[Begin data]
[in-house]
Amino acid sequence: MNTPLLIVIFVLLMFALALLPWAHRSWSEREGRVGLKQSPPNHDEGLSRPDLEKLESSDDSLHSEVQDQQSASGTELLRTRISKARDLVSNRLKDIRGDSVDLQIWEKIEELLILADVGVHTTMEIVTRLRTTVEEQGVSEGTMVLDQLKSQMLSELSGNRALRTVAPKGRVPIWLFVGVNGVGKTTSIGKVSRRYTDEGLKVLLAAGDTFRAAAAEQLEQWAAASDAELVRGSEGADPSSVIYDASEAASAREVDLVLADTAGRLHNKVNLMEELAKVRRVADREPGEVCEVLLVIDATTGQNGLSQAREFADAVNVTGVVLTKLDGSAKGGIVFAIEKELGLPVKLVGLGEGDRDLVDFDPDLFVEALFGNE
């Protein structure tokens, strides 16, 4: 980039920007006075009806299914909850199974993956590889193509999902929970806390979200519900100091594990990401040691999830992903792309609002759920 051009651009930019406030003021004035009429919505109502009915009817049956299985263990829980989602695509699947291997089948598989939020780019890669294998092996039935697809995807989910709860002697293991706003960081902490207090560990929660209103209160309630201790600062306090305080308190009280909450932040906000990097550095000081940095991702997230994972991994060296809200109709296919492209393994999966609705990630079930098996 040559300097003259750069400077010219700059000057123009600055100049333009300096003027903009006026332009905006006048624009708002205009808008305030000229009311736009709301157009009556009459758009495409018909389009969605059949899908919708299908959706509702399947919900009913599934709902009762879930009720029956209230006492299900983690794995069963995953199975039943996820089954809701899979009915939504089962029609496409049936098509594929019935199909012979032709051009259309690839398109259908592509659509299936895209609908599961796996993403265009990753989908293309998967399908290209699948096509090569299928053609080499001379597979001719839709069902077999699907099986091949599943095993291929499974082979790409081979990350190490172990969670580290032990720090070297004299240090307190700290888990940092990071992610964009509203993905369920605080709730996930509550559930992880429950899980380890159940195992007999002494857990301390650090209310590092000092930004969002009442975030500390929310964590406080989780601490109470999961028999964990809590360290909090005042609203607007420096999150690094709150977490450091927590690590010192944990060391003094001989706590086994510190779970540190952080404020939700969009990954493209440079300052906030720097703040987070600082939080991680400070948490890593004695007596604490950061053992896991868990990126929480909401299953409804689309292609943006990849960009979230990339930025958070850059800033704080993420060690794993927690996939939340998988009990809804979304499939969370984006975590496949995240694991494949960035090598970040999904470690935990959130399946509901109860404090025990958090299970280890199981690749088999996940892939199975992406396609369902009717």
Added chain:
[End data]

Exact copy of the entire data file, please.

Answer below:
[in-house]
Amino acid sequence: MNTPLLIVIFVLLMFALALLPWAHRSWSEREGRVGLKQSPPNHDEGLSRPDLEKLESSDDSLHSEVQDQQSASGTELLRTRISKARDLVSNRLKDIRGDSVDLQIWEKIEELLILADVGVHTTMEIVTRLRTTVEEQGVSEGTMVLDQLKSQMLSELSGNRALRTVAPKGRVPIWLFVGVNGVGKTTSIGKVSRRYTDEGLKVLLAAGDTFRAAAAEQLEQWAAASDAELVRGSEGADPSSVIYDASEAASAREVDLVLADTAGRLHNKVNLMEELAKVRRVADREPGEVCEVLLVIDATTGQNGLSQAREFADAVNVTGVVLTKLDGSAKGGIVFAIEKELGLPVKLVGLGEGDRDLVDFDPDLFVEALFGNE
């Protein structure tokens, strides 16, 4: 980039920007006075009806299914909850199974993956590889193509999902929970806390979200519900100091594990990401040691999830992903792309609002759920 051009651009930019406030003021004035009429919505109502009915009817049956299985263990829980989602695509699947291997089948598989939020780019890669294998092996039935697809995807989910709860002697293991706003960081902490207090560990929660209103209160309630201790600062306090305080308190009280909450932040906000990097550095000081940095991702997230994972991994060296809200109709296919492209393994999966609705990630079930098996 040559300097003259750069400077010219700059000057123009600055100049333009300096003027903009006026332009905006006048624009708002205009808008305030000229009311736009709301157009009556009459758009495409018909389009969605059949899908919708299908959706509702399947919900009913599934709902009762879930009720029956209230006492299900983690794995069963995953199975039943996820089954809701899979009915939504089962029609496409049936098509594929019935199909012979032709051009259309690839398109259908592509659509299936895209609908599961796996993403265009990753989908293309998967399908290209699948096509090569299928053609080499001379597979001719839709069902077999699907099986091949599943095993291929499974082979790409081979990350190490172990969670580290032990720090070297004299240090307190700290888990940092990071992610964009509203993905369920605080709730996930509550559930992880429950899980380890159940195992007999002494857990301390650090209310590092000092930004969002009442975030500390929310964590406080989780601490109470999961028999964990809590360290909090005042609203607007420096999150690094709150977490450091927590690590010192944990060391003094001989706590086994510190779970540190952080404020939700969009990954493209440079300052906030720097703040987070600082939080991680400070948490890593004695007596604490950061053992896991868990990126929480909401299953409804689309292609943006990849960009979230990339930025958070850059800033704080993420060690794993927690996939939340998988009990809804979304499939969370984006975590496949995240694991494949960035090598970040999904470690935990959130399946509901109860404090025990958090299970280890199981690749088999996940892939199975992406396609369902009717």
Added chain: